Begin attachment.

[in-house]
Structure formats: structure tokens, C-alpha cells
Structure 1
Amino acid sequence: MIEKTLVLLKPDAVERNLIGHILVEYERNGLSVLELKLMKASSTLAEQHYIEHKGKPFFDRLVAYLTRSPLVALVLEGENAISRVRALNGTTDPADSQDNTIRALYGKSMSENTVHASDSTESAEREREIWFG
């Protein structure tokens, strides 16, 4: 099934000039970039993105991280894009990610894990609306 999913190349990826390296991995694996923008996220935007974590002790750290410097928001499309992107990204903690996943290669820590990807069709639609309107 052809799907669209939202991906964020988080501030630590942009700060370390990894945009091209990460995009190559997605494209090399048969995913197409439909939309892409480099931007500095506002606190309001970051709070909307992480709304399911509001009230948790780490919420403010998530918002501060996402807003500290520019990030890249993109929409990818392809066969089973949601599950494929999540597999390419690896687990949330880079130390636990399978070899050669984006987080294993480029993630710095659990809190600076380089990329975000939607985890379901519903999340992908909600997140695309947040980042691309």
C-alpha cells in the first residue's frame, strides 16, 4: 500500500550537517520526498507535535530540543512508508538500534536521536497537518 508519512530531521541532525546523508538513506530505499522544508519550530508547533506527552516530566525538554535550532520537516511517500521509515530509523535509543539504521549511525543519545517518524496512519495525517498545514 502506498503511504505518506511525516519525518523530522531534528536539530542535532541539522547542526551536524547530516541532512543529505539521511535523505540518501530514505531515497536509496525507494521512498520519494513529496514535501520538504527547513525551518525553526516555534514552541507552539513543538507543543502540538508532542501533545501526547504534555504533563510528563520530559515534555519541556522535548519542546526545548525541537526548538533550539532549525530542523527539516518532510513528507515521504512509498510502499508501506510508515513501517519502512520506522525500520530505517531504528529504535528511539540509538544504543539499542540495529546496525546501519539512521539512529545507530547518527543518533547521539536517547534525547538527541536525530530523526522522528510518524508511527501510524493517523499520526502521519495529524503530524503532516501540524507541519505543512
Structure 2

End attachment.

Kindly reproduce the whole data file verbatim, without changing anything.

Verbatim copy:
[in-house]
Structure formats: structure tokens, C-alpha cells
Structure 1
Amino acid sequence: MIEKTLVLLKPDAVERNLIGHILVEYERNGLSVLELKLMKASSTLAEQHYIEHKGKPFFDRLVAYLTRSPLVALVLEGENAISRVRALNGTTDPADSQDNTIRALYGKSMSENTVHASDSTESAEREREIWFG
């Protein structure tokens, strides 16, 4: 099934000039970039993105991280894009990610894990609306 999913190349990826390296991995694996923008996220935007974590002790750290410097928001499309992107990204903690996943290669820590990807069709639609309107 052809799907669209939202991906964020988080501030630590942009700060370390990894945009091209990460995009190559997605494209090399048969995913197409439909939309892409480099931007500095506002606190309001970051709070909307992480709304399911509001009230948790780490919420403010998530918002501060996402807003500290520019990030890249993109929409990818392809066969089973949601599950494929999540597999390419690896687990949330880079130390636990399978070899050669984006987080294993480029993630710095659990809190600076380089990329975000939607985890379901519903999340992908909600997140695309947040980042691309």
C-alpha cells in the first residue's frame, strides 16, 4: 500500500550537517520526498507535535530540543512508508538500534536521536497537518 508519512530531521541532525546523508538513506530505499522544508519550530508547533506527552516530566525538554535550532520537516511517500521509515530509523535509543539504521549511525543519545517518524496512519495525517498545514 502506498503511504505518506511525516519525518523530522531534528536539530542535532541539522547542526551536524547530516541532512543529505539521511535523505540518501530514505531515497536509496525507494521512498520519494513529496514535501520538504527547513525551518525553526516555534514552541507552539513543538507543543502540538508532542501533545501526547504534555504533563510528563520530559515534555519541556522535548519542546526545548525541537526548538533550539532549525530542523527539516518532510513528507515521504512509498510502499508501506510508515513501517519502512520506522525500520530505517531504528529504535528511539540509538544504543539499542540495529546496525546501519539512521539512529545507530547518527543518533547521539536517547534525547538527541536525530530523526522522528510518524508511527501510524493517523499520526502521519495529524503530524503532516501540524507541519505543512
Structure 2